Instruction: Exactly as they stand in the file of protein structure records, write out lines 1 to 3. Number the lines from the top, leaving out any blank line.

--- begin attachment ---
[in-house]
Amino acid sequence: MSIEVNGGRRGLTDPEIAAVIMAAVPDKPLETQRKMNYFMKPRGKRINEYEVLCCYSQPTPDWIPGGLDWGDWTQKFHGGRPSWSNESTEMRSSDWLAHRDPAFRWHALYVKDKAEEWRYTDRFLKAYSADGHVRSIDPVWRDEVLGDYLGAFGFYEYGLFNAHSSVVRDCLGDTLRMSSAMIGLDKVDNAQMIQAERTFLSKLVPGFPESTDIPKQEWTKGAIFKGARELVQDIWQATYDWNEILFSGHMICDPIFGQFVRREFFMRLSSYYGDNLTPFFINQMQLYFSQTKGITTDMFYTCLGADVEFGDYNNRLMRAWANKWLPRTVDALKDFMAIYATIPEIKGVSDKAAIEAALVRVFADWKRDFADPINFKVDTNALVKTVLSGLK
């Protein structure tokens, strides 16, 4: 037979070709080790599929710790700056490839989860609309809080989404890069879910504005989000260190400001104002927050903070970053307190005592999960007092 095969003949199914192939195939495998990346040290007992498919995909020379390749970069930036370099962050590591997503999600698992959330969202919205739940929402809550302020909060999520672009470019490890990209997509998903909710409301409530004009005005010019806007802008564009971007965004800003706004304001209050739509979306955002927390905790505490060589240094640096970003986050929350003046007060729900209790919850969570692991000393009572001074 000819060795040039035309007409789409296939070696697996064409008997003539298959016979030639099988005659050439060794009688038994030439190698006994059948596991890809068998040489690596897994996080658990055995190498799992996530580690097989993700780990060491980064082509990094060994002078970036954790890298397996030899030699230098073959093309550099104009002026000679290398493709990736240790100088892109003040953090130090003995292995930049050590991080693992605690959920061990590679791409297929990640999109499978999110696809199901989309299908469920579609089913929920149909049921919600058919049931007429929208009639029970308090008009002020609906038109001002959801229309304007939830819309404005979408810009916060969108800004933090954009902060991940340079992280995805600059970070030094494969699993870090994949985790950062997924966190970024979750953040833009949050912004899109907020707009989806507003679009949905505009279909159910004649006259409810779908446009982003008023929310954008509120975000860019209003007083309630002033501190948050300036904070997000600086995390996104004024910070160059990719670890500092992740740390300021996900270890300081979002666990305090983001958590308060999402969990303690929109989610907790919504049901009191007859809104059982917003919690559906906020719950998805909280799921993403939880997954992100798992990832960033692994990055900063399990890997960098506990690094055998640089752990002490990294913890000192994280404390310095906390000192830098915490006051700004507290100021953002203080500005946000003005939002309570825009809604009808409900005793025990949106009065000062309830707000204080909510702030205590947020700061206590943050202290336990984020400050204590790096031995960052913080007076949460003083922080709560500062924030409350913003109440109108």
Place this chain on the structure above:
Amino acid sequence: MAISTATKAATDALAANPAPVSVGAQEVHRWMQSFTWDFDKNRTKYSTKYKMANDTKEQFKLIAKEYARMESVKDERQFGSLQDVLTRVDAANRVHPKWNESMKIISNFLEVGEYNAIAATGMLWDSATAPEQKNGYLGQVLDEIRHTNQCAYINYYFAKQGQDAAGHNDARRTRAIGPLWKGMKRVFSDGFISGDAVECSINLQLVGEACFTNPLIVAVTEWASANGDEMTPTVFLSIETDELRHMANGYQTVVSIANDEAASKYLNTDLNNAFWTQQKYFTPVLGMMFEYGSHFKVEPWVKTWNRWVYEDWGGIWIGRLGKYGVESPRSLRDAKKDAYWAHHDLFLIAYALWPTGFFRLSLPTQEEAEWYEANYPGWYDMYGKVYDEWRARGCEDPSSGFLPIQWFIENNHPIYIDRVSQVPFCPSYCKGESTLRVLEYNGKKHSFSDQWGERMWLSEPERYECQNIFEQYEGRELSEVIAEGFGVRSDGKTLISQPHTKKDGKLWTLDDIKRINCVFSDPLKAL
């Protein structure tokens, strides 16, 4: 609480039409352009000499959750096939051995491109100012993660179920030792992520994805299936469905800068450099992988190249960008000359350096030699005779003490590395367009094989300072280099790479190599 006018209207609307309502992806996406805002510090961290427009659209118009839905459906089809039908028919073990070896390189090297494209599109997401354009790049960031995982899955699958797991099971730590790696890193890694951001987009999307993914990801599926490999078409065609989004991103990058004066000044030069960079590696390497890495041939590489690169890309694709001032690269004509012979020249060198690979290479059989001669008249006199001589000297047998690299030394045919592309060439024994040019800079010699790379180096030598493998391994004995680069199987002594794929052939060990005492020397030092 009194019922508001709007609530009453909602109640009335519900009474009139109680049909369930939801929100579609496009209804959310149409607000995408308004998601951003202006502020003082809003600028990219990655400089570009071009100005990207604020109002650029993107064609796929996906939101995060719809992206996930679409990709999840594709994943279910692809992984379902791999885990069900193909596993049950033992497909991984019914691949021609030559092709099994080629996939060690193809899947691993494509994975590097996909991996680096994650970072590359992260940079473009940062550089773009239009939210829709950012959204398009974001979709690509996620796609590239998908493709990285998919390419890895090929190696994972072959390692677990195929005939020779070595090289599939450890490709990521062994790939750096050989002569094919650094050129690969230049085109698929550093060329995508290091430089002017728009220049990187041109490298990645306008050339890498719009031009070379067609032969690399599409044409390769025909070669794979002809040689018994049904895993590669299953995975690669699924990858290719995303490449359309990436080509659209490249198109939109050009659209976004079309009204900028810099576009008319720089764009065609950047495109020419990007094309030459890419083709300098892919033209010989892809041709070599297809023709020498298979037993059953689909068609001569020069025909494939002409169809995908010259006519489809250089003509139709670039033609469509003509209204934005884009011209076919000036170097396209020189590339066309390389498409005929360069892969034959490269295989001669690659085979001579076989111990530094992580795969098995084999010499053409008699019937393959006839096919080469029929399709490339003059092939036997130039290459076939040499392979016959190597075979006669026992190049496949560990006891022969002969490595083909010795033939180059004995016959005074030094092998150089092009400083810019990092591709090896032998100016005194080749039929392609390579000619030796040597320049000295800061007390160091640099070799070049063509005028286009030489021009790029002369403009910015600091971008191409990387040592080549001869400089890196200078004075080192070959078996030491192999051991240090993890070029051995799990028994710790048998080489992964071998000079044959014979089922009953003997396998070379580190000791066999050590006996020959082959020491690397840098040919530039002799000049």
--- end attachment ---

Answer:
[in-house]
Amino acid sequence: MSIEVNGGRRGLTDPEIAAVIMAAVPDKPLETQRKMNYFMKPRGKRINEYEVLCCYSQPTPDWIPGGLDWGDWTQKFHGGRPSWSNESTEMRSSDWLAHRDPAFRWHALYVKDKAEEWRYTDRFLKAYSADGHVRSIDPVWRDEVLGDYLGAFGFYEYGLFNAHSSVVRDCLGDTLRMSSAMIGLDKVDNAQMIQAERTFLSKLVPGFPESTDIPKQEWTKGAIFKGARELVQDIWQATYDWNEILFSGHMICDPIFGQFVRREFFMRLSSYYGDNLTPFFINQMQLYFSQTKGITTDMFYTCLGADVEFGDYNNRLMRAWANKWLPRTVDALKDFMAIYATIPEIKGVSDKAAIEAALVRVFADWKRDFADPINFKVDTNALVKTVLSGLK
């Protein structure tokens, strides 16, 4: 037979070709080790599929710790700056490839989860609309809080989404890069879910504005989000260190400001104002927050903070970053307190005592999960007092 095969003949199914192939195939495998990346040290007992498919995909020379390749970069930036370099962050590591997503999600698992959330969202919205739940929402809550302020909060999520672009470019490890990209997509998903909710409301409530004009005005010019806007802008564009971007965004800003706004304001209050739509979306955002927390905790505490060589240094640096970003986050929350003046007060729900209790919850969570692991000393009572001074 000819060795040039035309007409789409296939070696697996064409008997003539298959016979030639099988005659050439060794009688038994030439190698006994059948596991890809068998040489690596897994996080658990055995190498799992996530580690097989993700780990060491980064082509990094060994002078970036954790890298397996030899030699230098073959093309550099104009002026000679290398493709990736240790100088892109003040953090130090003995292995930049050590991080693992605690959920061990590679791409297929990640999109499978999110696809199901989309299908469920579609089913929920149909049921919600058919049931007429929208009639029970308090008009002020609906038109001002959801229309304007939830819309404005979408810009916060969108800004933090954009902060991940340079992280995805600059970070030094494969699993870090994949985790950062997924966190970024979750953040833009949050912004899109907020707009989806507003679009949905505009279909159910004649006259409810779908446009982003008023929310954008509120975000860019209003007083309630002033501190948050300036904070997000600086995390996104004024910070160059990719670890500092992740740390300021996900270890300081979002666990305090983001958590308060999402969990303690929109989610907790919504049901009191007859809104059982917003919690559906906020719950998805909280799921993403939880997954992100798992990832960033692994990055900063399990890997960098506990690094055998640089752990002490990294913890000192994280404390310095906390000192830098915490006051700004507290100021953002203080500005946000003005939002309570825009809604009808409900005793025990949106009065000062309830707000204080909510702030205590947020700061206590943050202290336990984020400050204590790096031995960052913080007076949460003083922080709560500062924030409350913003109440109108």